Three Cheers for School Lunch

March 25, 2015

IMG_0733Last Thursday I was given the privilege of seeing the Vetri Foundation for Children’s very own Eatiquette program in action.

Arriving at the school by 9 a.m., preparation for the meal was already well on its way. What was on the menu for the day, you ask? A barbecue chicken sandwich, salad with homemade dressing, apple-carrot slaw, and fruit with a scoop of frozen yogurt to top the meal off.

Every day the chef announces the meal to the students before it’s served. Until I attended an Eatiquette lunch, I had never heard a group of kindergarteners cheering over a meal — a healthy one at that. They were more than ready to dig in.

“Why do you like the sandwich?” I asked a 6-year-old student named Destiny.
“Because it’s sweet,” she said.
“I like it too!” came from across the table.
“Same! It’s spicy!” from the other side.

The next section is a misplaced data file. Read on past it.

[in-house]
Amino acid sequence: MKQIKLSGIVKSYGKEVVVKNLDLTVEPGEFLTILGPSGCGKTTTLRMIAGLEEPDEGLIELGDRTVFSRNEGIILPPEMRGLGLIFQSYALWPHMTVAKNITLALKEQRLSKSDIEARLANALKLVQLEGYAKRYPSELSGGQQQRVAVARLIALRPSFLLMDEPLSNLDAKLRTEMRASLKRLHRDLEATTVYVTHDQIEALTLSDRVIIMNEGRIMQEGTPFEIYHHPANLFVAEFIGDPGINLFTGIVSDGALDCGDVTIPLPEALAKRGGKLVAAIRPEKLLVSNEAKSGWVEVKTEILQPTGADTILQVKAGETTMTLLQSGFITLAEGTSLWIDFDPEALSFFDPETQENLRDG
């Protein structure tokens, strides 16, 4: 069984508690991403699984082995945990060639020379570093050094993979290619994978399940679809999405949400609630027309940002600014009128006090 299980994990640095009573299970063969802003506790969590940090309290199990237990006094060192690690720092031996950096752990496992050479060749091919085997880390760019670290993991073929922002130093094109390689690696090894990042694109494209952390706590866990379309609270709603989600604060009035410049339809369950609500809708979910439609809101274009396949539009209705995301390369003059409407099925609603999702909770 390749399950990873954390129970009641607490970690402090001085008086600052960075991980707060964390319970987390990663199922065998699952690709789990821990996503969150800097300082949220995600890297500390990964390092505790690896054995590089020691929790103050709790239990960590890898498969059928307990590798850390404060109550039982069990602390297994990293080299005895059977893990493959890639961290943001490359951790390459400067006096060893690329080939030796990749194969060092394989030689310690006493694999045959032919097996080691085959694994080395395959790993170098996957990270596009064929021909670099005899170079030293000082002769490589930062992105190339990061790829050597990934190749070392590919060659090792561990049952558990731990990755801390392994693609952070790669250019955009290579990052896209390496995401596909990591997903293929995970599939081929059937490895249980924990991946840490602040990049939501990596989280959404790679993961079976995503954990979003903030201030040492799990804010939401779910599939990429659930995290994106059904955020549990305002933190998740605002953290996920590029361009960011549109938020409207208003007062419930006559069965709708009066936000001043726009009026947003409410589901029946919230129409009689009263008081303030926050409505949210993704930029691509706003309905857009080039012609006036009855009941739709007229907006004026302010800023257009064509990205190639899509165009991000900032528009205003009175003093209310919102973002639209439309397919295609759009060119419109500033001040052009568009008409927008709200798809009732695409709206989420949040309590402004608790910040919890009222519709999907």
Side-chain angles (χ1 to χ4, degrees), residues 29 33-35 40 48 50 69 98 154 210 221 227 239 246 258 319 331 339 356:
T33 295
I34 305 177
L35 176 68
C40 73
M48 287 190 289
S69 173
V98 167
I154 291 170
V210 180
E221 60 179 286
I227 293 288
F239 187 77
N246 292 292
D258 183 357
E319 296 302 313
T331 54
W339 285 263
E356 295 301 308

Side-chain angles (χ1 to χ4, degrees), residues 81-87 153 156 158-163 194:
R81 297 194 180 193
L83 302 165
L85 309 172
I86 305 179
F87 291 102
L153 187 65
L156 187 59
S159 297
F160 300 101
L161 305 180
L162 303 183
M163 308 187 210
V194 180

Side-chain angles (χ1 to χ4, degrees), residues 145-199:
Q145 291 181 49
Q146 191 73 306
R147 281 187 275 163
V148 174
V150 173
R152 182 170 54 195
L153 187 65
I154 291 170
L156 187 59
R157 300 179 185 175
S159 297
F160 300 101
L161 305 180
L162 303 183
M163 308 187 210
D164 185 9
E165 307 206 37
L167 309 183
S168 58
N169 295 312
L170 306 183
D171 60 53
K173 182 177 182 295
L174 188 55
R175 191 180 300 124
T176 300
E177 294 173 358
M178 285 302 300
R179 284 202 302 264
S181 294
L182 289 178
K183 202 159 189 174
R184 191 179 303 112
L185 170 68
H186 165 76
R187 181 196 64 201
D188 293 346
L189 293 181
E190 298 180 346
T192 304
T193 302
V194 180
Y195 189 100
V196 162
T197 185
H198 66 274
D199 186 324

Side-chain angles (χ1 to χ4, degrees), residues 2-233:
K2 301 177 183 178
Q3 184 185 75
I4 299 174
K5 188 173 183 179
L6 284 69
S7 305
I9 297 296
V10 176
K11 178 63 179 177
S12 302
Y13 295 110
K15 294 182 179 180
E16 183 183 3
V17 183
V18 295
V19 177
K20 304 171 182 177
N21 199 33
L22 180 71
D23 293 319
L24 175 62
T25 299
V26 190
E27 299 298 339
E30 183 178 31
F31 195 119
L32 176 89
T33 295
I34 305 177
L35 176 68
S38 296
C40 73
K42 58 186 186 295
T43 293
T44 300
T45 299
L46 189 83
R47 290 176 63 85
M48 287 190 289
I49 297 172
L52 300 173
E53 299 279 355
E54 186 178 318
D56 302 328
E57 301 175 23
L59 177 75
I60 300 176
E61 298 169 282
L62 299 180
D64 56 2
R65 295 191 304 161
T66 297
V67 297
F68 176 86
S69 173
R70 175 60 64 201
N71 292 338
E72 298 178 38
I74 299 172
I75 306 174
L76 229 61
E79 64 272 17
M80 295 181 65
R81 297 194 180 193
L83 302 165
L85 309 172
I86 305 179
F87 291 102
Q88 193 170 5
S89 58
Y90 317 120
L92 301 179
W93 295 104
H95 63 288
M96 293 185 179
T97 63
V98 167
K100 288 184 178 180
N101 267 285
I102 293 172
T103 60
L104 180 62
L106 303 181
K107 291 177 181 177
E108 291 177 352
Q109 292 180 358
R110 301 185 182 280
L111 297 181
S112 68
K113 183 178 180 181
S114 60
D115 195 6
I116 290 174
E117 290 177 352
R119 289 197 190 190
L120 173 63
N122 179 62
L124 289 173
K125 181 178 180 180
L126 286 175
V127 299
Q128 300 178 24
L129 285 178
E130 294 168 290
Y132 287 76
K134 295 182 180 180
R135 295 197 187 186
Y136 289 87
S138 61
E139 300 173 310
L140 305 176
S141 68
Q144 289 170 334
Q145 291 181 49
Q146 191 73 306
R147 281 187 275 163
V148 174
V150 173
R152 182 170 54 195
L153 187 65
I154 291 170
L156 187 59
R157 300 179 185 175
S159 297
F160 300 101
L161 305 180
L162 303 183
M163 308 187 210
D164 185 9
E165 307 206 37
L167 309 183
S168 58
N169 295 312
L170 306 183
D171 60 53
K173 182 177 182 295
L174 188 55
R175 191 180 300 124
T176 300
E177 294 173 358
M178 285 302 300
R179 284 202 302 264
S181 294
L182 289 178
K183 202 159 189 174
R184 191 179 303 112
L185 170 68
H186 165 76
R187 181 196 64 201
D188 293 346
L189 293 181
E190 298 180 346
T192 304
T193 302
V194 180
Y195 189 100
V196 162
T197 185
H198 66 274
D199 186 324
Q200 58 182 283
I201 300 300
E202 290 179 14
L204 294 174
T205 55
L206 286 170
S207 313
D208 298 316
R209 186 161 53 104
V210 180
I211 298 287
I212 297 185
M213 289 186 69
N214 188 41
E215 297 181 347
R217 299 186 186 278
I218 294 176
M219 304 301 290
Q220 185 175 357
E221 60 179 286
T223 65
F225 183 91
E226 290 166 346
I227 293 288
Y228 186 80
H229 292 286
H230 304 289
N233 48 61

Conversation was no stranger to these children. The kids were happy, they were smiling, and they were eager to tell me why they loved the food they were being served. And when asked why they loved it, it wasn’t just “because,” but rather an answer filled with adjectives to describe the taste, texture, and appearance.IMG_0738

Every student, from what I observed, was willing to at least try all part of their meal — nothing like some of the picky 5, 6, and 7-year-olds I’ve known. Whether they were taking tiny bites of their sandwiches, carefully deciding whether they liked it or not, or devouring it quickly — the point was, they were trying healthy, delicious food that they may have never tried before.

For me, it was exciting to see these children so happy to eat a school lunch. You could sense their excitement as they waited for the chef to come out and the happiness they had as they heard what they were going to be served. You could see the positive interactions between the young children as they conversed with one another over their meal. In one lunch period, I saw the impact that this program has on the lives of the kids who participate in it. These students felt important. I didn’t just see a school lunch, but rather an interactive meal shared amongst friends.

— Grace Olk

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